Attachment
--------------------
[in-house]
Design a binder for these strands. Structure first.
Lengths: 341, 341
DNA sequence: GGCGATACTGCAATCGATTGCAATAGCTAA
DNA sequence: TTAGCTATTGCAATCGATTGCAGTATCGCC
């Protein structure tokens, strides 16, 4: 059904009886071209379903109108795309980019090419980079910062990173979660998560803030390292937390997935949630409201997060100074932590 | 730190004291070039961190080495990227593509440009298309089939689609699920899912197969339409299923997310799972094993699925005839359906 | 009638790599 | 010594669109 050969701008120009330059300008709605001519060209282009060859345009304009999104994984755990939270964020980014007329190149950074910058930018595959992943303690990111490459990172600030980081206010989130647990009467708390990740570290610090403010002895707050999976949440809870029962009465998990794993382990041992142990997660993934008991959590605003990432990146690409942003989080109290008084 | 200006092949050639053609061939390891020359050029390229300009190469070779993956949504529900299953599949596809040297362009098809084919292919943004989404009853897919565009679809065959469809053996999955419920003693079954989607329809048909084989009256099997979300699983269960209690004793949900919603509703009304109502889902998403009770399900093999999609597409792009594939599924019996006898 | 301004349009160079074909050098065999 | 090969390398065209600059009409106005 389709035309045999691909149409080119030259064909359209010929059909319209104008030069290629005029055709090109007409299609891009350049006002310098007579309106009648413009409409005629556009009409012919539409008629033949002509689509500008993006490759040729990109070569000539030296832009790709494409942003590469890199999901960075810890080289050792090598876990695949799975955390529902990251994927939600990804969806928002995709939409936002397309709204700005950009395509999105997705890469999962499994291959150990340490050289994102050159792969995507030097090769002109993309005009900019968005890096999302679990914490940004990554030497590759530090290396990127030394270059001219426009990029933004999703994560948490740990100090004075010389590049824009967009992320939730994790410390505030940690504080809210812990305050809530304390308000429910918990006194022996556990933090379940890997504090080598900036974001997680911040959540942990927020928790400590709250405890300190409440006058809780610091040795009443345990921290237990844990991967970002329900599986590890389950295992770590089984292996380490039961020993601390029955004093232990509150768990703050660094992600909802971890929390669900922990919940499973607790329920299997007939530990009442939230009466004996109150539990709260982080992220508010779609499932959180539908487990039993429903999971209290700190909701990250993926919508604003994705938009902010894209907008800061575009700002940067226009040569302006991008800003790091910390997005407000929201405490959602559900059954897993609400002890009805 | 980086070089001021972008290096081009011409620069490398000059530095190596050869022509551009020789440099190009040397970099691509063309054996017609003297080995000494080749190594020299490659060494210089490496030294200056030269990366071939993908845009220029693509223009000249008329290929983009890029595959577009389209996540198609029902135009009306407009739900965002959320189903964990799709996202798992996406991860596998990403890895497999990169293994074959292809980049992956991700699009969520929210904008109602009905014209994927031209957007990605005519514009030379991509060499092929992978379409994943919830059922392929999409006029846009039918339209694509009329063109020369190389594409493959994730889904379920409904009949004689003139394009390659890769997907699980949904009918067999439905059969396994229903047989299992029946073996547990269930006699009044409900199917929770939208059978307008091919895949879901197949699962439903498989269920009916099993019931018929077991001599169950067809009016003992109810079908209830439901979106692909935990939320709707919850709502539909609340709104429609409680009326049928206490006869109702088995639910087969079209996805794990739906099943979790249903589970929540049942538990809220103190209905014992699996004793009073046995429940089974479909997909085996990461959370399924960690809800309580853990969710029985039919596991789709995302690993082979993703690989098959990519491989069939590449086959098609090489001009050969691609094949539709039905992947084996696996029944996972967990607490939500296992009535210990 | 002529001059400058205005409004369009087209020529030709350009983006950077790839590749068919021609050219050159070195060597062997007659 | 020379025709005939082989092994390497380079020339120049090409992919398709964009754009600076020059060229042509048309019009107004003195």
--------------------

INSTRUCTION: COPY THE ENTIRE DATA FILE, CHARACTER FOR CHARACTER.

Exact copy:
[in-house]
Design a binder for these strands. Structure first.
Lengths: 341, 341
DNA sequence: GGCGATACTGCAATCGATTGCAATAGCTAA
DNA sequence: TTAGCTATTGCAATCGATTGCAGTATCGCC
């Protein structure tokens, strides 16, 4: 059904009886071209379903109108795309980019090419980079910062990173979660998560803030390292937390997935949630409201997060100074932590 | 730190004291070039961190080495990227593509440009298309089939689609699920899912197969339409299923997310799972094993699925005839359906 | 009638790599 | 010594669109 050969701008120009330059300008709605001519060209282009060859345009304009999104994984755990939270964020980014007329190149950074910058930018595959992943303690990111490459990172600030980081206010989130647990009467708390990740570290610090403010002895707050999976949440809870029962009465998990794993382990041992142990997660993934008991959590605003990432990146690409942003989080109290008084 | 200006092949050639053609061939390891020359050029390229300009190469070779993956949504529900299953599949596809040297362009098809084919292919943004989404009853897919565009679809065959469809053996999955419920003693079954989607329809048909084989009256099997979300699983269960209690004793949900919603509703009304109502889902998403009770399900093999999609597409792009594939599924019996006898 | 301004349009160079074909050098065999 | 090969390398065209600059009409106005 389709035309045999691909149409080119030259064909359209010929059909319209104008030069290629005029055709090109007409299609891009350049006002310098007579309106009648413009409409005629556009009409012919539409008629033949002509689509500008993006490759040729990109070569000539030296832009790709494409942003590469890199999901960075810890080289050792090598876990695949799975955390529902990251994927939600990804969806928002995709939409936002397309709204700005950009395509999105997705890469999962499994291959150990340490050289994102050159792969995507030097090769002109993309005009900019968005890096999302679990914490940004990554030497590759530090290396990127030394270059001219426009990029933004999703994560948490740990100090004075010389590049824009967009992320939730994790410390505030940690504080809210812990305050809530304390308000429910918990006194022996556990933090379940890997504090080598900036974001997680911040959540942990927020928790400590709250405890300190409440006058809780610091040795009443345990921290237990844990991967970002329900599986590890389950295992770590089984292996380490039961020993601390029955004093232990509150768990703050660094992600909802971890929390669900922990919940499973607790329920299997007939530990009442939230009466004996109150539990709260982080992220508010779609499932959180539908487990039993429903999971209290700190909701990250993926919508604003994705938009902010894209907008800061575009700002940067226009040569302006991008800003790091910390997005407000929201405490959602559900059954897993609400002890009805 | 980086070089001021972008290096081009011409620069490398000059530095190596050869022509551009020789440099190009040397970099691509063309054996017609003297080995000494080749190594020299490659060494210089490496030294200056030269990366071939993908845009220029693509223009000249008329290929983009890029595959577009389209996540198609029902135009009306407009739900965002959320189903964990799709996202798992996406991860596998990403890895497999990169293994074959292809980049992956991700699009969520929210904008109602009905014209994927031209957007990605005519514009030379991509060499092929992978379409994943919830059922392929999409006029846009039918339209694509009329063109020369190389594409493959994730889904379920409904009949004689003139394009390659890769997907699980949904009918067999439905059969396994229903047989299992029946073996547990269930006699009044409900199917929770939208059978307008091919895949879901197949699962439903498989269920009916099993019931018929077991001599169950067809009016003992109810079908209830439901979106692909935990939320709707919850709502539909609340709104429609409680009326049928206490006869109702088995639910087969079209996805794990739906099943979790249903589970929540049942538990809220103190209905014992699996004793009073046995429940089974479909997909085996990461959370399924960690809800309580853990969710029985039919596991789709995302690993082979993703690989098959990519491989069939590449086959098609090489001009050969691609094949539709039905992947084996696996029944996972967990607490939500296992009535210990 | 002529001059400058205005409004369009087209020529030709350009983006950077790839590749068919021609050219050159070195060597062997007659 | 020379025709005939082989092994390497380079020339120049090409992919398709964009754009600076020059060229042509048309019009107004003195």